By Danny Kaplan | May 20, 2019
There are two major types of variables:
- Quantitative, where the value of the variable is a number.
- Categorical, where the value of the variable is one of a set of labels. That is, the value tells which category or group the row falls into.
Quantitative variables cover an interval of the number line. That interval is described by two numbers: the minimum value and the maximum value of the variable.
Quantitative variables also have a spread. There are different ways to measure the spread. In this lesson, we’ll use the difference between the maximum and minimum value. Note that the interval is two numbers while the spread is a single number.
The spread is said to measure the variability in the variable. Other ways to quantify the spread, which we won’t use in this lesson, are the standard deviation and the variance.
For categorical variables, we don’t use the concepts interval or spread. The possible or allowed values of a categorical variable are called the levels of that variable. For example, the levels of a categorical variable describing “commute type” might be: walk, bike, bus, drive, etc. The levels of a categorical variable like “language spoken” might be English, Spanish, Chinese, and so on.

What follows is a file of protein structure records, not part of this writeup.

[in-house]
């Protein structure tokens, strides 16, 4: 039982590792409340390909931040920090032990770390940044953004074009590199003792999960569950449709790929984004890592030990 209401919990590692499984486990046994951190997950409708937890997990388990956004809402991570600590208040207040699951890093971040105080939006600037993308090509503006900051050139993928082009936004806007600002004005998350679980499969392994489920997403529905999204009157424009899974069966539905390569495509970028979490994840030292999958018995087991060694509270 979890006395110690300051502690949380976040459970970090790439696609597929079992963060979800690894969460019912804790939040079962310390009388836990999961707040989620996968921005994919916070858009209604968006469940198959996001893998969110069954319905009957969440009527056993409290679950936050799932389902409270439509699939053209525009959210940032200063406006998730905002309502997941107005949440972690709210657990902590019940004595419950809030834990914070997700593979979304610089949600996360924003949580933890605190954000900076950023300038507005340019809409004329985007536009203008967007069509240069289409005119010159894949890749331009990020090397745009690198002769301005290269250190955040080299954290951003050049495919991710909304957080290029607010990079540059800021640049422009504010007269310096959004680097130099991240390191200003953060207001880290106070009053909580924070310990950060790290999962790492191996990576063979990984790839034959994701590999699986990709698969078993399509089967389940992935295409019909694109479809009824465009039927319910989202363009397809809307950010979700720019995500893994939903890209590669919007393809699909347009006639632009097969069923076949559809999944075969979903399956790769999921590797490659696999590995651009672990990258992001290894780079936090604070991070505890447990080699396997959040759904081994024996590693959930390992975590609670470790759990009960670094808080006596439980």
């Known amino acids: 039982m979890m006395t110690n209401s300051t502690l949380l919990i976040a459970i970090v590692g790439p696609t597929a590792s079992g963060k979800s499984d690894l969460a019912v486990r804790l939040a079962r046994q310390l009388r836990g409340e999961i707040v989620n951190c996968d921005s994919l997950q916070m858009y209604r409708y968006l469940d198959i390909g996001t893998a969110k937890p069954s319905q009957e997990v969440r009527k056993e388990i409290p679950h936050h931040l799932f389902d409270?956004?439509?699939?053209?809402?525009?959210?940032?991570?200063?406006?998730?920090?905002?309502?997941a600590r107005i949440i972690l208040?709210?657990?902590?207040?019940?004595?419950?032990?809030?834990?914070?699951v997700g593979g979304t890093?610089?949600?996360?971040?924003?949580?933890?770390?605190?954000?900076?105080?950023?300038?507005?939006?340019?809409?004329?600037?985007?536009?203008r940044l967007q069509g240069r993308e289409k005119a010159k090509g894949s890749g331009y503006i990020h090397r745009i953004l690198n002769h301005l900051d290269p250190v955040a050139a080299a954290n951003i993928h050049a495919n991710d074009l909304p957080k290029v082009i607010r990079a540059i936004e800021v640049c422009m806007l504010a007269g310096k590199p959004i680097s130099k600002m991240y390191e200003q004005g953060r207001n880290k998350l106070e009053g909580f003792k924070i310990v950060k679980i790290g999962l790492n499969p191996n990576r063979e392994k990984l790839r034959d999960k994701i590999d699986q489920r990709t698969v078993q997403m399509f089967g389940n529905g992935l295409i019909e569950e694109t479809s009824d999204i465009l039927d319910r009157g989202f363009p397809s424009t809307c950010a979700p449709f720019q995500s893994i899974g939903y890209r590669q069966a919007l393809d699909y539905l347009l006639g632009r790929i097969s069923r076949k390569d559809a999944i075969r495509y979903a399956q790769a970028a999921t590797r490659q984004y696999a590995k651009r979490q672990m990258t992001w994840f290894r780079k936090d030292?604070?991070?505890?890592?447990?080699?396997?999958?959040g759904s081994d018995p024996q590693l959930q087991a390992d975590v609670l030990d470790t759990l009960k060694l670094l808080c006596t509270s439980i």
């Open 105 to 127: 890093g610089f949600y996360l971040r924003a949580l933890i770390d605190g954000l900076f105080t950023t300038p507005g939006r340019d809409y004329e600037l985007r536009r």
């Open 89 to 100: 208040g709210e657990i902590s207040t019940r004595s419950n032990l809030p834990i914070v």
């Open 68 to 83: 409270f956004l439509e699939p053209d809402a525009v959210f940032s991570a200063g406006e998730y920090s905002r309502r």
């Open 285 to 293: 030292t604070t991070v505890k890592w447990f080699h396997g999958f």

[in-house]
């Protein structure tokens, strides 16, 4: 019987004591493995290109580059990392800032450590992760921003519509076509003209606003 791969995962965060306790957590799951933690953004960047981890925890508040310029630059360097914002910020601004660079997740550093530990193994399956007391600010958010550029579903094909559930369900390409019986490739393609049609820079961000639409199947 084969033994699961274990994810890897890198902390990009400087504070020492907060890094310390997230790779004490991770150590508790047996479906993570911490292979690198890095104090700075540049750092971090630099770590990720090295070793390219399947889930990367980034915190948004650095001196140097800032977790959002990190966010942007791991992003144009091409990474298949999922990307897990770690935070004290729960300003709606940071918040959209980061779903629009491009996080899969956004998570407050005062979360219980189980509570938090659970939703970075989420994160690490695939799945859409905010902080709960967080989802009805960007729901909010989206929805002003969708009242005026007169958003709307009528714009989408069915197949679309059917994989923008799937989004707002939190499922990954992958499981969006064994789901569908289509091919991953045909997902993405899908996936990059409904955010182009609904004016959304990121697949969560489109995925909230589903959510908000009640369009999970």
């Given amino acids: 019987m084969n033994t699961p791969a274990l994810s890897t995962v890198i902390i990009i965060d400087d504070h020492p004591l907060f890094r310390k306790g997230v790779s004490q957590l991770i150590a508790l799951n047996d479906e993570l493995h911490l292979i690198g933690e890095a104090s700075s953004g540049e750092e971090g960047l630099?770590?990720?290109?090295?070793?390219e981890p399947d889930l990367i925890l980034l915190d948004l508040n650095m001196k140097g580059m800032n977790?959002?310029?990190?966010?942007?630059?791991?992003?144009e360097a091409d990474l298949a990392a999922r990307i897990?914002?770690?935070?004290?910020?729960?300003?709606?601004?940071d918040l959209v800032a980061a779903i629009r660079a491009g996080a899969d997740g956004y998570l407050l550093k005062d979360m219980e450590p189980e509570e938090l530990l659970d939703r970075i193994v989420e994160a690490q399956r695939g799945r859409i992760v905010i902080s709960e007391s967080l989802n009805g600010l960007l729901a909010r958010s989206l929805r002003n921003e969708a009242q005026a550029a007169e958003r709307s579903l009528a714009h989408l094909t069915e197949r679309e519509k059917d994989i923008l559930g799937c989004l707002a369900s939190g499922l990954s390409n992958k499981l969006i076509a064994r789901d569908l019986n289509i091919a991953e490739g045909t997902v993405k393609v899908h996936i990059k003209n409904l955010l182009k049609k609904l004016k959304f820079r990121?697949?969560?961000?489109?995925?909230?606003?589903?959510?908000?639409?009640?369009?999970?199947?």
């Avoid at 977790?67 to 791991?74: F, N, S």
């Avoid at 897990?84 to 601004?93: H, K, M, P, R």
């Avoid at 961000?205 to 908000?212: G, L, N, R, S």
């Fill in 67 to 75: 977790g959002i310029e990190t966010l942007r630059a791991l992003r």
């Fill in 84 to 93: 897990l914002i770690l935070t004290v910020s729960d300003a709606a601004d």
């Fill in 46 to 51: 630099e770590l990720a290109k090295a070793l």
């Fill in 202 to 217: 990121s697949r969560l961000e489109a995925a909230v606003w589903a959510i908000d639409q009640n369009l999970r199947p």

The levels of many categorical variables are unordered. This means that the concept of between doesn’t naturally apply. For instance, there is no natural way that Spanish is between English and Chinese.
Some categorical variables are ordinal, which is just to say that there is a natural order to the levels. An example is a variable recording “opinion,” which might have levels Disagree, Neutral, Agree.
Pick a quantitative response variable and a categorical explanatory variable. You might have to use trial and error to find such variables but once you do, it will be evident in the graph. Please don’t use
SurveyYr– stick to the variables that are about the individual being surveyed.
Write down the names of the variables you selected. For the categorical variable, write down each of the levels.
- Measure the interval spanned by the quantitative variable for each group defined by the categorical variable. You can use the measuring stick built into the app. (That is, click at a point in the graphics frame and drag the mouse to select a vertical interval.)
Write down the interval spaned by the values of the response variable for each categorical level of the explanatory variable.
Level of explanatory variable Interval spanned by response variable
- Also, measure and record the spread of the quantitative variable for each categorical level.
Using the selector for the explanatory variable, find five more categorical variables in the
NHANESdata. At least two of your five should be ordinal variables.
For each, write down the levels, and whether the variable is unordered or ordinal. . . .
Version 0.3, 2019-06-10, Daniel Kaplan